NI8 SLI: BIOS & Overclocking
Abit also did a good job with the NI8 SLI's BIOS. Almost everything that hardcore overclockers look for in an nForce 4 SLI Intel Edition motherboard is there, along with most of the useful extras found on the Fatal1ty AN8 SLI we looked at earlier in this article.
Just like the Fatal1ty AN8 SLI, and virtually every other motherboard currently available come to think of it, the standard BIOS menus on the NI8 SLI house all of the common tools necessary to enable, disable or tweak all of the board's integrated peripherals. These menus look just like any other motherboard that is equipped with a Phoenix / Award BIOS. But, like the Fatal1ty AN8 SLI, it's in the "uGuru Utility" menu that you'll find all of the real juicy stuff.
As we mentioned earlier, the NI8 SLI's uGuru Utility menu is home to all of the board's overclocking and hardware monitoring tools. The menu is split into two sections, OC Guru and Abit EQ. From the OC Guru menu, users can lock the PCIe clock, alter voltages, and alter Front Side Bus speeds. The CPU voltage can be set as high as 1.8v in .025v increments, and FSB speeds between 100MHz and 325MHz are available in 1MHz increments. The DDR2 memory voltage can be set as high as 2.3v, in .1v increments, and the memory clock is asynchronous and can be set in 1MHz increments as well, up to 1400MHz. We should note that there are no extreme voltage options available, and the chipset voltage cannot be altered at all, so we wouldn't consider the NI8 SLI's BIOS perfect for hardcore overclockers. But it is still quite good. We suspect that with its passively cooled Northbridge, Abit didn't want to give users the ability to raise chipset voltages to high and risk doing permanent damage due to excessive heat.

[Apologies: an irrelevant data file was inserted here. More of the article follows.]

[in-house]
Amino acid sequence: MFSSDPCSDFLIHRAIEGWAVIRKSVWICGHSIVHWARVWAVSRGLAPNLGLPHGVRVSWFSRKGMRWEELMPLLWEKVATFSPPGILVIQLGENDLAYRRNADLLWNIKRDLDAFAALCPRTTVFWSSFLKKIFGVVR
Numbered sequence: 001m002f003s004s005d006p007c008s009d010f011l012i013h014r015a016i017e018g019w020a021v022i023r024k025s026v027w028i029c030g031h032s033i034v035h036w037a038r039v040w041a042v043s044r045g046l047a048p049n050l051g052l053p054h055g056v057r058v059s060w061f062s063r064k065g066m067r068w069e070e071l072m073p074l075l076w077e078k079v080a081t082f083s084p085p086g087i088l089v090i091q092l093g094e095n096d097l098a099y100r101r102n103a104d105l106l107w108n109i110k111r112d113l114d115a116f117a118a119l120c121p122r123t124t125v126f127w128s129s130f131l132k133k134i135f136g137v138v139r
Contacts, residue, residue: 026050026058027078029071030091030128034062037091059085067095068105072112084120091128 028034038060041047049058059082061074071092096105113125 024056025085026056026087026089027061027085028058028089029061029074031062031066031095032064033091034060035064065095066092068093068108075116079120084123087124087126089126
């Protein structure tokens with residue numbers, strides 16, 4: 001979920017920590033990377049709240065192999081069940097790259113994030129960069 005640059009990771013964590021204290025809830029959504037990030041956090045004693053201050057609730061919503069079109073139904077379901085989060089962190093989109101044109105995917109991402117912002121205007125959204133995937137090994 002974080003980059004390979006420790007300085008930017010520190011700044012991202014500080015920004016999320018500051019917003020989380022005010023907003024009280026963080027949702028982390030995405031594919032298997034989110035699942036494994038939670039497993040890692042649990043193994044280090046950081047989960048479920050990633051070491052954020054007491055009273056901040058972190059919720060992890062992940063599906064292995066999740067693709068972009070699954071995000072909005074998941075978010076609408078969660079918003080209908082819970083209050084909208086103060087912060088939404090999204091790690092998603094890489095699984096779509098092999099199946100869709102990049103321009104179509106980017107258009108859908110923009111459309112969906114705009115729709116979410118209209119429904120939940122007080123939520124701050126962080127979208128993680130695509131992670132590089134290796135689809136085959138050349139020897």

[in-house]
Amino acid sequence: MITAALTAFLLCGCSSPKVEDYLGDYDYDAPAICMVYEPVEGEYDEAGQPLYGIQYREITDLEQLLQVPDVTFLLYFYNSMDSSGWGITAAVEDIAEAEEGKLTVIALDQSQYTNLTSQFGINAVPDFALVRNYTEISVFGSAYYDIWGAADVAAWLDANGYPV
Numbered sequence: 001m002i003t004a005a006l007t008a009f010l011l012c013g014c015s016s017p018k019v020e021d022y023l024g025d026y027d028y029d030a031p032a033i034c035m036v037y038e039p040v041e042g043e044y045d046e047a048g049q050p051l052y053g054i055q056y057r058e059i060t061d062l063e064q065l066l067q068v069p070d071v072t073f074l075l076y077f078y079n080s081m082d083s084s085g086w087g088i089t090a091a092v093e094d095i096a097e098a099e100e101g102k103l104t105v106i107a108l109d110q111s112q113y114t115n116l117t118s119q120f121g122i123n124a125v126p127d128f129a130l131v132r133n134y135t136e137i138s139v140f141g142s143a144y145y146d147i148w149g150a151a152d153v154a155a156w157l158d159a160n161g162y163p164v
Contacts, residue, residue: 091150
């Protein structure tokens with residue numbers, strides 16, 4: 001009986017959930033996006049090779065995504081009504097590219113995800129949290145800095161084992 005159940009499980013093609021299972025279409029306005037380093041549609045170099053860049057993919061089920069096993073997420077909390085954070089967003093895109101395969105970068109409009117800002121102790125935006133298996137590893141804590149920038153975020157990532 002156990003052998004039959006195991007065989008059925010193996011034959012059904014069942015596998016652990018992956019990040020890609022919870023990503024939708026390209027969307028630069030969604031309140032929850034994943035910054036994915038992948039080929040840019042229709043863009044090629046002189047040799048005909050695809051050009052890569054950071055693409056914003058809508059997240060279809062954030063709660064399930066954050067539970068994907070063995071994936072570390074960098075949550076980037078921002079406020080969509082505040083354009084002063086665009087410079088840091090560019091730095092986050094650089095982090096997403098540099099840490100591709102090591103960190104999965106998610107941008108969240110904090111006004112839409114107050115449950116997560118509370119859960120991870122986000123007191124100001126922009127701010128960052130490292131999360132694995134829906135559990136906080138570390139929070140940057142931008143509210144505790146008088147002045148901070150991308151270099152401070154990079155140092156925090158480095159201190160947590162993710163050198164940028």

And on top of the options available in the OC Guru section, the NI8 SLI features all of the same hardware monitoring tools featured on the Fatal1ty AN8 SLI. The list of hardware monitoring options is huge; check out the last few screenshots above and you'll see what we mean.
To overclock with the NI8 SLI, we stuck with good old front side bus overclocking. Armed with the highest-clocked Pentium 4 processor released to date, the 3.8GHz Pentium 4 670J, we slowly raised the FSB frequency until our test system was no longer stable. To assist in our overclocking efforts, we also bumped the CPU core voltage up to 1.525v and the DDR2 memory voltage up to 2.2v. When all was said and done, we were able to raise the front side bus speed to 229MHz (916MHz quad-pumped), for an effective CPU core clock speed of over 4.3GHz. Not too bad at all. We should mention that this was done with the stock Intel cooler, so with more exotic cooling we could possibly have taken things even higher.